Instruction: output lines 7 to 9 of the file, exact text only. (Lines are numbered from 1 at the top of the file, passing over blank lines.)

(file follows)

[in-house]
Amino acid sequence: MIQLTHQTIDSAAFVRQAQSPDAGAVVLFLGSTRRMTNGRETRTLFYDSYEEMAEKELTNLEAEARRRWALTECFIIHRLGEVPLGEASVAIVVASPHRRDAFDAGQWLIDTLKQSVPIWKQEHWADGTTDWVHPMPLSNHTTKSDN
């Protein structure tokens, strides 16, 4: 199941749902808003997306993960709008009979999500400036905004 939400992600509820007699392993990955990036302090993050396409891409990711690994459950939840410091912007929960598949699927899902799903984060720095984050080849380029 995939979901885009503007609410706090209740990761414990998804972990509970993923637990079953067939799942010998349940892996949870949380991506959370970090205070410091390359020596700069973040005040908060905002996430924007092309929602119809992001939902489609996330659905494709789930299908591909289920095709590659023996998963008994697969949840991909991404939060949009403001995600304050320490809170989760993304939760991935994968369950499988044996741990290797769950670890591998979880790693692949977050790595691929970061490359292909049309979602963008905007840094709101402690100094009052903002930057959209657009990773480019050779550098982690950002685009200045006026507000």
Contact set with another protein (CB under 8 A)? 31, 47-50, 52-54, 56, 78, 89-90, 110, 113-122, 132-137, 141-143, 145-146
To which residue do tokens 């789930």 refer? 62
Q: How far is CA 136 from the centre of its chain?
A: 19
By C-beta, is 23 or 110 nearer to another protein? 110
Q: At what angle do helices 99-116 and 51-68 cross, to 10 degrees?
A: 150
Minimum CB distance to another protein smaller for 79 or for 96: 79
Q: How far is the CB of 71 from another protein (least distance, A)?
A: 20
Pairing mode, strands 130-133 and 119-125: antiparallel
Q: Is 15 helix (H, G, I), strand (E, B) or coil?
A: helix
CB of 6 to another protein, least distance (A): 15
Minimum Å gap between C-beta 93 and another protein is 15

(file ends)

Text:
A: 19
By C-beta, is 23 or 110 nearer to another protein? 110
Q: At what angle do helices 99-116 and 51-68 cross, to 10 degrees?